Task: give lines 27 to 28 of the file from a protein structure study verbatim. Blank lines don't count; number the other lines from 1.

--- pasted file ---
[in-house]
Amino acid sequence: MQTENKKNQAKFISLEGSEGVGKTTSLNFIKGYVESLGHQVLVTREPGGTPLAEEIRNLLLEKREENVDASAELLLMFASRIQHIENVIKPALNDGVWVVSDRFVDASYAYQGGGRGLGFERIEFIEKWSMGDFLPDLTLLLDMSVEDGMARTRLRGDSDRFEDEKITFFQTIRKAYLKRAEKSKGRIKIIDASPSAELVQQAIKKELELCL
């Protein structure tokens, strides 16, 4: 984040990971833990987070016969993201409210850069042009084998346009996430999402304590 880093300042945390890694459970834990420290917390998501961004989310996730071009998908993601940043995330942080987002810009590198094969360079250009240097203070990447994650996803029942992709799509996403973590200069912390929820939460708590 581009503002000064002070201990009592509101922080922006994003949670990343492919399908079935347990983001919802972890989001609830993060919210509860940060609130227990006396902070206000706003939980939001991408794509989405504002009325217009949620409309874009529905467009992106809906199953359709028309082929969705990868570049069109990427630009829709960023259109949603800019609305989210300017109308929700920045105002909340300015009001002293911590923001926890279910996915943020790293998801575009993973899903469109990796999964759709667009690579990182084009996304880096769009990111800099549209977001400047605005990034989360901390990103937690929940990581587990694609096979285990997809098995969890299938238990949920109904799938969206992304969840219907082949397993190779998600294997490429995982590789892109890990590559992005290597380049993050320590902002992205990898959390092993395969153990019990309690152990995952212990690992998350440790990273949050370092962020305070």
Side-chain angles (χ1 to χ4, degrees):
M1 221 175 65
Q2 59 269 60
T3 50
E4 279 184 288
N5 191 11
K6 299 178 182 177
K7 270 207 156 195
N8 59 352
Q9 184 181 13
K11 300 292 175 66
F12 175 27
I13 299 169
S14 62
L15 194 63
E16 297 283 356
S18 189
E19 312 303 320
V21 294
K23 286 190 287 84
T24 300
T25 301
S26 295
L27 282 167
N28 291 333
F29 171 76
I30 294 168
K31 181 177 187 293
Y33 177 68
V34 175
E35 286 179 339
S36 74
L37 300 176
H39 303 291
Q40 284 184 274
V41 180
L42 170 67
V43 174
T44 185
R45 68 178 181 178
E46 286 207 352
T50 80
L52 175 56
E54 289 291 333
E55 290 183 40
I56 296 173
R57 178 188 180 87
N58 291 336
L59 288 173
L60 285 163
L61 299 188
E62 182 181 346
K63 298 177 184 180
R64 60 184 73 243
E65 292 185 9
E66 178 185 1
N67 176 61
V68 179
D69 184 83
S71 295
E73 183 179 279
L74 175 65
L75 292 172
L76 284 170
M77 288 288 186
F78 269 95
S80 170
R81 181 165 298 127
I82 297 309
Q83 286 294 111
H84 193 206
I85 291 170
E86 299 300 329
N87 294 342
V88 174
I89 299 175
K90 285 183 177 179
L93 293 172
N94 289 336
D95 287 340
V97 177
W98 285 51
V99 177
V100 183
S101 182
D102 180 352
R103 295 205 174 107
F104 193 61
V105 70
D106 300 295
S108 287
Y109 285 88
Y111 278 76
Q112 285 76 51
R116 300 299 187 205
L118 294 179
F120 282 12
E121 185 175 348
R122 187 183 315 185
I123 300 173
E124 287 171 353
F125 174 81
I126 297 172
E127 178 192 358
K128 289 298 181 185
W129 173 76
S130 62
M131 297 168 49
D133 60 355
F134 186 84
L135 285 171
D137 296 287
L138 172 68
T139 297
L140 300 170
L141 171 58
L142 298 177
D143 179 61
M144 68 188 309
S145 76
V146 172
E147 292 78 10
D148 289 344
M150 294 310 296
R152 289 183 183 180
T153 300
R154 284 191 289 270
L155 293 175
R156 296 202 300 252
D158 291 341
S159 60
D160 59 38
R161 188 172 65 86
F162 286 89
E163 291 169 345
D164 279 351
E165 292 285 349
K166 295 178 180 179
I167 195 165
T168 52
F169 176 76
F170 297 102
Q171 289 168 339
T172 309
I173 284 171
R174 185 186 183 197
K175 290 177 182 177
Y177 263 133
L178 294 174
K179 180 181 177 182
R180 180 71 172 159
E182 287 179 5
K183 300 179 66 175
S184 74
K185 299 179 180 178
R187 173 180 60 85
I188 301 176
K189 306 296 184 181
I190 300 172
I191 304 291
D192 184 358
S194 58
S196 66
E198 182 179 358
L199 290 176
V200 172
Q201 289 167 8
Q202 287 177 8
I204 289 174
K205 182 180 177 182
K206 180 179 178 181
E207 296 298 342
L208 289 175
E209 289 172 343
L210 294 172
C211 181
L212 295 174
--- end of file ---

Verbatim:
L27 282 167
N28 291 333